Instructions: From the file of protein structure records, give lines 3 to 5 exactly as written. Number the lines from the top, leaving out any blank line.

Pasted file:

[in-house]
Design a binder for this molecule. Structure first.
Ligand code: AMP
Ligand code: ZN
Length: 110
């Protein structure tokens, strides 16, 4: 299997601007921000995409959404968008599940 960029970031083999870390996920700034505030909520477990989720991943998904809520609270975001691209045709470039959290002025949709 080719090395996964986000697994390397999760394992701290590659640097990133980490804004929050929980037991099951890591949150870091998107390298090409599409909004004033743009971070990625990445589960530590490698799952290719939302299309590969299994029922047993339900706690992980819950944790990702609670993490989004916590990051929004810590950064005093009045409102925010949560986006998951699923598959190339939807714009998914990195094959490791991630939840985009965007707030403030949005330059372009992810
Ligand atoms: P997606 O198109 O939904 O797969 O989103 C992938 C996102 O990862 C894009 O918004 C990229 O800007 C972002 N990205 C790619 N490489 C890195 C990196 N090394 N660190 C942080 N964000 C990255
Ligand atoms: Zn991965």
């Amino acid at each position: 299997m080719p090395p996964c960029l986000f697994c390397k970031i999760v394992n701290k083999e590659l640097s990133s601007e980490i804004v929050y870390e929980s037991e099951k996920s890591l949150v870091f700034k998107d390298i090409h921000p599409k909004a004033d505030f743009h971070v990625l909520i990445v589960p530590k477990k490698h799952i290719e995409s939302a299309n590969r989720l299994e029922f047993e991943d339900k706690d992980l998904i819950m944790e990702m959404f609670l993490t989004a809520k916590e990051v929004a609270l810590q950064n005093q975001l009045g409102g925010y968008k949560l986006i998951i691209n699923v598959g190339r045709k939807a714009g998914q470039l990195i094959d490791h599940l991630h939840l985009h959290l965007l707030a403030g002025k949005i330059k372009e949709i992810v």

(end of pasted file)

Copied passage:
Ligand code: AMP
Ligand code: ZN
Length: 110